In the Arena: He may get burned
Fanning the flames of discontent is not a new concept in politics, especially when a candidate is challenging an incumbent with a pretty solid base of support.
One of the inherent dangers, however, is that said strategy can backfire, especially if the challenger is too aggressive with his or her rhetoric. Such an overstep can create an air of sympathy for the incumbent that can result in a loss of votes on Election Day, especially among undecided and low-information voters concerned more with the “race” than the issues.
I we think may have seen an example of that this week when, in the context of a Recorder story detailing his race against Greenfield Town Council President Mark Wisnewski, challenger Isaac Mass used a somewhat pejorative term to describe the current council.
“We’ve got some big problems in town, including drugs and poverty,” Mass said. “In some ways, the current council is elitist, assuming everyone is in the best possible position and the council treats them that way.”
Mass clearly wants to hammer home the talking point that this council isn’t really in touch with the issues of greatest importance to all residents of Greenfield. But I think he made a tactical error in tarring the entire body with a broad brush characterization that isn’t necessarily fair or accurate, which, as an added bonus, creates an opening for his opponent’s supporters to tag him as JAR — “just another Republican” — who will say or do anything just to win an election.
And don’t think for one minute that Mass’ party affiliation isn’t going to be an issue in this campaign. Town Council races are supposed to be apolitical, but indications are that local Democrats are already working hard to generate partisan effort against Mass, which would not only benefit Wisnewski, but could also create some coattails for other, like-minded council candidates.
Another thing Mass should consider moving forward — if he does manage to beat Wisnewski, he’s going to have to find a way to work with the very people he’s been running down and that’s never an easy prospect, even with a council as “inclusive” as this one claims to be.
Working the room
Just like Jell-O, there’s always room for a little politics — even in a hall packed with concerned citizens looking for answers to the opiate problem plaguing our region .
During a speech at the recent “Opiate Education and Awareness Task Force” Forum at Greenfield Community College, Senate Majority Leader Stan Rosenberg took a moment to lament the decision by the voters of Massachusetts to repeal the Legislature’s vote to expand the tax on alcoholic beverages — money that he said had been earmarked for substance abuse treatment programs.
“As voters, we have the right and the responsibility to vote for the people who make the laws, and sometimes we have the opportunity to vote to repeal those laws,” Rosenberg said. “A lot of people look at those questions very casually, and don’t think deeply enough about what they really mean.”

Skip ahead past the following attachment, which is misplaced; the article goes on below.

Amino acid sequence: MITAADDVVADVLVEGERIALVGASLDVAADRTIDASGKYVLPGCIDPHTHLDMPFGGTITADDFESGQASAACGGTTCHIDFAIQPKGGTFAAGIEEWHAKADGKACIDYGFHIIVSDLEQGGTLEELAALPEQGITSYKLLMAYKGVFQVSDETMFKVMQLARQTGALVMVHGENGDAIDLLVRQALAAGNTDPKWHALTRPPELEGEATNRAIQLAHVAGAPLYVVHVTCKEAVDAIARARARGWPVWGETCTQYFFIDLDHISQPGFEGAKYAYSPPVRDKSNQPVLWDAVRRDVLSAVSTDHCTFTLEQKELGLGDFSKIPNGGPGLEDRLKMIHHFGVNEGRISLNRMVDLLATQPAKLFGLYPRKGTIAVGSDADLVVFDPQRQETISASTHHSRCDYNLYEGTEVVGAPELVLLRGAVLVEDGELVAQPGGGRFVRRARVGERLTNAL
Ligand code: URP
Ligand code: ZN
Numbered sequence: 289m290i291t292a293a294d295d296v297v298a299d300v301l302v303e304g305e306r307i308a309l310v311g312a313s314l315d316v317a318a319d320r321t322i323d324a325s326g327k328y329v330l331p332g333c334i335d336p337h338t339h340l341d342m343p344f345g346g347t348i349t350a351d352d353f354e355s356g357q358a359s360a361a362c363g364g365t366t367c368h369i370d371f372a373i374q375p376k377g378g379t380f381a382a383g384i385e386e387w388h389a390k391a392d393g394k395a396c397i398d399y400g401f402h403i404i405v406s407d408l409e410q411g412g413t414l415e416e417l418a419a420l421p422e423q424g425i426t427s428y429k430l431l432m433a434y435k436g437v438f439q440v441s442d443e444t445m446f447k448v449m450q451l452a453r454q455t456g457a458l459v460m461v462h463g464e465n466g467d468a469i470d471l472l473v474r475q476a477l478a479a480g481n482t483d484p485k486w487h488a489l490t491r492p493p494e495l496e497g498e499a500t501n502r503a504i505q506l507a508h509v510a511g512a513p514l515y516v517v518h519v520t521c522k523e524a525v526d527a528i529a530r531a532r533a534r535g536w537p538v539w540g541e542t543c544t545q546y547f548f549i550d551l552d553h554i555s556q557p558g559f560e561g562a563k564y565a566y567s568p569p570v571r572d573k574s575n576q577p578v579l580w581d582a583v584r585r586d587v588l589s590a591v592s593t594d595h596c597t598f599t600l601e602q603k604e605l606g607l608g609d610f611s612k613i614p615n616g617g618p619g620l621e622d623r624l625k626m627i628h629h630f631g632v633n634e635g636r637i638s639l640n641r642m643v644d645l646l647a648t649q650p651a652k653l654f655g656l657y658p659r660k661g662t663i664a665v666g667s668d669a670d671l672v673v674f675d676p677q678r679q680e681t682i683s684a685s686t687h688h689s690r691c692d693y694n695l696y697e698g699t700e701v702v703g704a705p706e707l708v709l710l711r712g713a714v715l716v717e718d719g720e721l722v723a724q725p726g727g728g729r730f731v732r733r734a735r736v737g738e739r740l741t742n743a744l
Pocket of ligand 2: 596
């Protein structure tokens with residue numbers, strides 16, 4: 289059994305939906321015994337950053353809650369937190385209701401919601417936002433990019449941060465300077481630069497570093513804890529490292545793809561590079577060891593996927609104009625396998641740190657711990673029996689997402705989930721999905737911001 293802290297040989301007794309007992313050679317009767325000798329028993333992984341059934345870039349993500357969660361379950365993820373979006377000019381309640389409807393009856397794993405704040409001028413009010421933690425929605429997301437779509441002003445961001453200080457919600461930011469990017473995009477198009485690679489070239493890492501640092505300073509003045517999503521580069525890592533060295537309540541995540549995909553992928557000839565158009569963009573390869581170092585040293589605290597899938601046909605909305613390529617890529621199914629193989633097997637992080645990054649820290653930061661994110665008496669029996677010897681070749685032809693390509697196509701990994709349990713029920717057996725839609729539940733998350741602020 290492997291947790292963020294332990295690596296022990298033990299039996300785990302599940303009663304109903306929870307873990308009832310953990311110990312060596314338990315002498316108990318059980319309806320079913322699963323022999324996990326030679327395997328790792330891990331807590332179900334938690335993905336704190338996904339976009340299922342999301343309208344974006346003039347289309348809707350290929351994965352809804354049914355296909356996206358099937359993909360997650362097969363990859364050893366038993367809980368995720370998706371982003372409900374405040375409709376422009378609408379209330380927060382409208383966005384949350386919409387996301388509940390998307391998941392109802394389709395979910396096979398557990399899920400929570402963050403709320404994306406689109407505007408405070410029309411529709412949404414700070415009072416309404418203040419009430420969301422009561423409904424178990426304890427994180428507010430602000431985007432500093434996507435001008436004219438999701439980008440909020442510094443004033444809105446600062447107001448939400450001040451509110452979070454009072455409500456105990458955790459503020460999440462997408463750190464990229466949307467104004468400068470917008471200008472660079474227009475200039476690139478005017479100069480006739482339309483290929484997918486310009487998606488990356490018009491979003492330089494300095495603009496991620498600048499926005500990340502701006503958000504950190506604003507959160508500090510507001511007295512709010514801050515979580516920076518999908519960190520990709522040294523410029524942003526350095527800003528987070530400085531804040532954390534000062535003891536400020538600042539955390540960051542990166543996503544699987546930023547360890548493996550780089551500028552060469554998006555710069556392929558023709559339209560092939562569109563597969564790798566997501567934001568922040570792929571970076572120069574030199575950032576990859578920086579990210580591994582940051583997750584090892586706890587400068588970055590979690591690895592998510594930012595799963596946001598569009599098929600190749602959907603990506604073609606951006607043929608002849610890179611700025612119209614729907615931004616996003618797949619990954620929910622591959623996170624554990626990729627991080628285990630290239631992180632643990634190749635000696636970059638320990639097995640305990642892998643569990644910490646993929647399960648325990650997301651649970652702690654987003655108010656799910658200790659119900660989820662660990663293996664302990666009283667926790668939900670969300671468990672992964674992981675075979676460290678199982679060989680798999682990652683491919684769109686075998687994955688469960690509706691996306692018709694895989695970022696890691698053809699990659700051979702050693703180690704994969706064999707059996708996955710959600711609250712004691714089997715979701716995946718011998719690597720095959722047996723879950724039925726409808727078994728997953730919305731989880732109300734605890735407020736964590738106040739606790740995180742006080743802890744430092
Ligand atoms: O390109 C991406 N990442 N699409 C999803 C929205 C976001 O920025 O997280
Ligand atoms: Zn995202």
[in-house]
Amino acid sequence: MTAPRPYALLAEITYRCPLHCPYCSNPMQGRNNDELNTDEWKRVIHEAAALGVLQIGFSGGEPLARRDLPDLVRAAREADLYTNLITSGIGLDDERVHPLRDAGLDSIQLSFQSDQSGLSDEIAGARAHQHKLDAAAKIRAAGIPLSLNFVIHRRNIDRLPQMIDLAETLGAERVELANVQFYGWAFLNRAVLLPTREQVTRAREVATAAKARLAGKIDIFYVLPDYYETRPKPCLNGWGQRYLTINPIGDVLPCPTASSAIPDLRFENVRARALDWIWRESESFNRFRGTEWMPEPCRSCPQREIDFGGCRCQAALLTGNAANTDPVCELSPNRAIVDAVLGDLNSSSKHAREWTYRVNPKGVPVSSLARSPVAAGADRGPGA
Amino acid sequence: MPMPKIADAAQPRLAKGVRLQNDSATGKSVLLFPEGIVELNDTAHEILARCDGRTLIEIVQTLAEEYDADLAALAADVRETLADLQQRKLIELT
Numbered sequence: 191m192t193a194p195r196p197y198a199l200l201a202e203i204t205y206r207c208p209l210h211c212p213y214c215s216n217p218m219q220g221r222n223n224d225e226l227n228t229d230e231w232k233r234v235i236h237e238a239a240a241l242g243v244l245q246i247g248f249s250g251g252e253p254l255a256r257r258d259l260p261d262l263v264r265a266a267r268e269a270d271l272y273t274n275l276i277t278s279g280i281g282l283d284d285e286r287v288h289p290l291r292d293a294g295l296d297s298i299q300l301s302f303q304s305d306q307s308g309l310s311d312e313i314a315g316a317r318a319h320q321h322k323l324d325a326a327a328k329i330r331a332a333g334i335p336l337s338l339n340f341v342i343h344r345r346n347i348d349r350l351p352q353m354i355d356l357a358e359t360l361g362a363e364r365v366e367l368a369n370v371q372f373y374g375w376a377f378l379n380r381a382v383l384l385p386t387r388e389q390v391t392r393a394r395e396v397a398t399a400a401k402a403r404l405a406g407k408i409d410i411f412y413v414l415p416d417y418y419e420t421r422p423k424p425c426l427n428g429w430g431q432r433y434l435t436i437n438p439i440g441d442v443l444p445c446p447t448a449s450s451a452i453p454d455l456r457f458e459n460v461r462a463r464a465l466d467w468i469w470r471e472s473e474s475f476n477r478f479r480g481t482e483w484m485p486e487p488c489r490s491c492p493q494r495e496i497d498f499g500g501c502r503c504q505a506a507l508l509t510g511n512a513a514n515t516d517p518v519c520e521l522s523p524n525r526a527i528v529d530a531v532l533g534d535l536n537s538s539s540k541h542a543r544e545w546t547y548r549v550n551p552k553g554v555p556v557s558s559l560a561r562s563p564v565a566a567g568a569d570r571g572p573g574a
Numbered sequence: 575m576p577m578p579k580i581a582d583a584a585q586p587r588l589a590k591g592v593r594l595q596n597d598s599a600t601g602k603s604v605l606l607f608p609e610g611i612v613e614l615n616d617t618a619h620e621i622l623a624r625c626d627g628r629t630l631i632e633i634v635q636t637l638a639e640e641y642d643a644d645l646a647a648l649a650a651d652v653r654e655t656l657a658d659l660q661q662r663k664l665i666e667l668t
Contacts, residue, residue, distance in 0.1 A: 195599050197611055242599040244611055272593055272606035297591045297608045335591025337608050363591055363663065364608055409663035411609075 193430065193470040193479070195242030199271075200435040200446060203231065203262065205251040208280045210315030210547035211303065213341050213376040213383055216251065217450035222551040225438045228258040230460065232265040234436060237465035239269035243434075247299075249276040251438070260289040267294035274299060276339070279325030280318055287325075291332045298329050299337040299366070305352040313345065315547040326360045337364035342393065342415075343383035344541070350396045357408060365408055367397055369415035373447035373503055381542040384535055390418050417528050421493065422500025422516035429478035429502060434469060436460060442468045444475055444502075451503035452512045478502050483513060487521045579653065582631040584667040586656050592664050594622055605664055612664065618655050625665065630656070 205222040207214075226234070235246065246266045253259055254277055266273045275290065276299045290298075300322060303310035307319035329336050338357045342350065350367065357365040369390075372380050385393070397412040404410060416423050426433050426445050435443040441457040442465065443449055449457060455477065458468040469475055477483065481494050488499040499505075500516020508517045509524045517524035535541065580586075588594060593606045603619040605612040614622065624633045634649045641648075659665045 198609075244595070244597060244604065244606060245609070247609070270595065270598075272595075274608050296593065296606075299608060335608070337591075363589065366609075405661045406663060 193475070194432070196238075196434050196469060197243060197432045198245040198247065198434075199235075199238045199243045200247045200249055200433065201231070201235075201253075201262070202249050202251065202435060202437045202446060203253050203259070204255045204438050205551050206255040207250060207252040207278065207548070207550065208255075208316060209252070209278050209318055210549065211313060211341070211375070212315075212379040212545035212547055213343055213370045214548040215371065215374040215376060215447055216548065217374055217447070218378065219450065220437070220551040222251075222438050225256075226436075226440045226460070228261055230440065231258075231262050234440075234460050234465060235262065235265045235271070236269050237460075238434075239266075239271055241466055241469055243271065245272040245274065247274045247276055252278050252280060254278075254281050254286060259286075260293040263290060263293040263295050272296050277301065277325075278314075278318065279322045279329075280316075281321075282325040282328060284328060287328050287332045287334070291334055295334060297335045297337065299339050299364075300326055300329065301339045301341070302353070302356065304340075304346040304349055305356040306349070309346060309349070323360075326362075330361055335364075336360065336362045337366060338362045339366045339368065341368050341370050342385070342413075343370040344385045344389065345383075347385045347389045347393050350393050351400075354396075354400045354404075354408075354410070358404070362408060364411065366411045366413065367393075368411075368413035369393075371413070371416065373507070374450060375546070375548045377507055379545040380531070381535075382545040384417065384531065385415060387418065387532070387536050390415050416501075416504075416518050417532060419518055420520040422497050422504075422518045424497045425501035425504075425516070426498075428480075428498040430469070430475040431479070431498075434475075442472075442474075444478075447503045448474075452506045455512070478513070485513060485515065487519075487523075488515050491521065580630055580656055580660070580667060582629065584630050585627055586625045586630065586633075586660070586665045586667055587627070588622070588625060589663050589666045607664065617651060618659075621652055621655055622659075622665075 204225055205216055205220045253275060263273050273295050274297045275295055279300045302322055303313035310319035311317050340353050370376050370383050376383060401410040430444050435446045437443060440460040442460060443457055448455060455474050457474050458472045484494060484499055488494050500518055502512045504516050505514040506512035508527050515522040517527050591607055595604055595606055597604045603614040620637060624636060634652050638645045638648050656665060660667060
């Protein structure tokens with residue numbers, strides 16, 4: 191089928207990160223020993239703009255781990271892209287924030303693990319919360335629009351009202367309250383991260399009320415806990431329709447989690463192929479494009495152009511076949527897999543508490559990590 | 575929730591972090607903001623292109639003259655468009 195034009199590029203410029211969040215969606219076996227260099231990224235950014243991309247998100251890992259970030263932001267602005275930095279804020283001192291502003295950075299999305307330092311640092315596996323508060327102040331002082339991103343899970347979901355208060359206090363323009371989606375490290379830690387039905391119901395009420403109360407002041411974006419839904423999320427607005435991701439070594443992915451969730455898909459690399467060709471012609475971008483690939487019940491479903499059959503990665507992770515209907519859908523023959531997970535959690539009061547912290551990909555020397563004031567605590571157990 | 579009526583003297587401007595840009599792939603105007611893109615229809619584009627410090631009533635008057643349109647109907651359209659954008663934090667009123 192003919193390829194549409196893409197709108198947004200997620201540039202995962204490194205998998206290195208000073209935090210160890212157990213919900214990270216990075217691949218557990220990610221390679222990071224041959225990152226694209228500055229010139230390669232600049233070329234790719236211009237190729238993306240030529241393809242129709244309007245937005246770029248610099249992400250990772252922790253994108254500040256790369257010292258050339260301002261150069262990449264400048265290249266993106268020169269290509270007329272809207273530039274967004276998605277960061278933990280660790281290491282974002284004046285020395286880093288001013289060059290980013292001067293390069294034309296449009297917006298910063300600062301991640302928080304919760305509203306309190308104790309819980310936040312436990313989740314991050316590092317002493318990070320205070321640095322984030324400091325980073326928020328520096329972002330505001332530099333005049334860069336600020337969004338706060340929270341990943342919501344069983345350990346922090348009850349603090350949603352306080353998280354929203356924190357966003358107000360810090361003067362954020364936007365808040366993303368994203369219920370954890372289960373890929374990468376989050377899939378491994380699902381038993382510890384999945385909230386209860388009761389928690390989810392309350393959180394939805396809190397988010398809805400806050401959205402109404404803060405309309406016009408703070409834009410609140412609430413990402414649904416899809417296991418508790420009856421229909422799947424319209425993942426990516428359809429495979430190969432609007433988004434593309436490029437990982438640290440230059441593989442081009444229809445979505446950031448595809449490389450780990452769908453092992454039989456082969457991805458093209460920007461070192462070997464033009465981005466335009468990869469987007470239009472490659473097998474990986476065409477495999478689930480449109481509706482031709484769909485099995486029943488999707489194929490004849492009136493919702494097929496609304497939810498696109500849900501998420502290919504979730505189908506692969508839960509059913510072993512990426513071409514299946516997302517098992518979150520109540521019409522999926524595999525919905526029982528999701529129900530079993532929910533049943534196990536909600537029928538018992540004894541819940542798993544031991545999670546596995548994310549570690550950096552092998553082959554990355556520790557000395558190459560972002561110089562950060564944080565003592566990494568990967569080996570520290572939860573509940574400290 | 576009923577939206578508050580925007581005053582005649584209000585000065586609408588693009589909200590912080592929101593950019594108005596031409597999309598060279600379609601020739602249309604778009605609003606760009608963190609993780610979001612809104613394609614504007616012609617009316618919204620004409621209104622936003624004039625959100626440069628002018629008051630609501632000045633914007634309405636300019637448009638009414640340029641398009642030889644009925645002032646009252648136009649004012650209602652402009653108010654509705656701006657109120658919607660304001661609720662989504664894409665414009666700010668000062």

Maybe. But 1.1 million-plus Massachusetts voters thought enough of the issue in 2010 to shoot down the tax by a margin of 52 to 48 percent. It didn’t take long, however, for Rosenberg to get to the heart of the conundrum facing the Legislature when it comes to this particular issue.
“It takes a lot for a Legislature to vote on taxes, especially with things that are popular with the public,” Rosenberg said. “I regret so much the fact that this tax was repealed, because it was the funding source which would have had programs like this in place across the commonwealth.”
Listening to Rosenberg, one might think that yet another consumer tax is the only possible method to fund new substance abuse programs, which is pretty ridiculous. The reality — one legislators don’t often like to face — is that the these guys can do whatever they want with our money. The Democrats hold the governor’s office and super-majorities in both houses of the Legislature. Gov. Deval Patrick recently submitted a fiscal 2015 proposed budget of $36.374 billion, which represents a nearly 5 percent increase over the current year’s spending levels. Are we really expected to believe that there aren’t at least a few million in there to address a problem that just about everyone agrees is a danger to our community?
“We have to find the money in this upcoming budget to fund these programs,” Rosenberg admitted. “But there will be other questions on the ballot and there are a few that people are already musing about, and we need to make sure that a large portion of that money goes toward funding these programs.”
Given the fact that he’s about to become one of the “big three” leaders in state government, Rosenberg is in a unique position to make that happen — with or without the political cover that the much-maligned state ballot process so often provides.
Chris Collins is the Franklin County News Bureau Chief for WHAI, WPVQ and WHMP Radio. He is a former staff reporter for The Recorder, and is a Greenfield native.